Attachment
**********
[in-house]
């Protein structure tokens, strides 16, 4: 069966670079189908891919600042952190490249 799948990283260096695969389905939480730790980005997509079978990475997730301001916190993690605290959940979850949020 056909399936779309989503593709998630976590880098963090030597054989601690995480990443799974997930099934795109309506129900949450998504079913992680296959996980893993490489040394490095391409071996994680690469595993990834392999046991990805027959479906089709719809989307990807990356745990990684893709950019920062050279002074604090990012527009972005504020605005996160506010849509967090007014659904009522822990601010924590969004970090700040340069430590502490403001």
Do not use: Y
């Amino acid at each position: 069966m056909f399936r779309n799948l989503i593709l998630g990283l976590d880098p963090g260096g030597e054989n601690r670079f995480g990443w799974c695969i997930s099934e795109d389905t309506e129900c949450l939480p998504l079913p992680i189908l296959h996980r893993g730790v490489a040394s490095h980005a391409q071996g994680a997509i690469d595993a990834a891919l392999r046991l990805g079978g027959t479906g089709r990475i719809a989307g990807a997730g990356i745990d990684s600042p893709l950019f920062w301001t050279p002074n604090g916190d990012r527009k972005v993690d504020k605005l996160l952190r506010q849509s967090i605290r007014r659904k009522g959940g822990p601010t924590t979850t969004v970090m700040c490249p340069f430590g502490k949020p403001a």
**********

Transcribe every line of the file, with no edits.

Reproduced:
[in-house]
């Protein structure tokens, strides 16, 4: 069966670079189908891919600042952190490249 799948990283260096695969389905939480730790980005997509079978990475997730301001916190993690605290959940979850949020 056909399936779309989503593709998630976590880098963090030597054989601690995480990443799974997930099934795109309506129900949450998504079913992680296959996980893993490489040394490095391409071996994680690469595993990834392999046991990805027959479906089709719809989307990807990356745990990684893709950019920062050279002074604090990012527009972005504020605005996160506010849509967090007014659904009522822990601010924590969004970090700040340069430590502490403001």
Do not use: Y
């Amino acid at each position: 069966m056909f399936r779309n799948l989503i593709l998630g990283l976590d880098p963090g260096g030597e054989n601690r670079f995480g990443w799974c695969i997930s099934e795109d389905t309506e129900c949450l939480p998504l079913p992680i189908l296959h996980r893993g730790v490489a040394s490095h980005a391409q071996g994680a997509i690469d595993a990834a891919l392999r046991l990805g079978g027959t479906g089709r990475i719809a989307g990807a997730g990356i745990d990684s600042p893709l950019f920062w301001t050279p002074n604090g916190d990012r527009k972005v993690d504020k605005l996160l952190r506010q849509s967090i605290r007014r659904k009522g959940g822990p601010t924590t979850t969004v970090m700040c490249p340069f430590g502490k949020p403001a």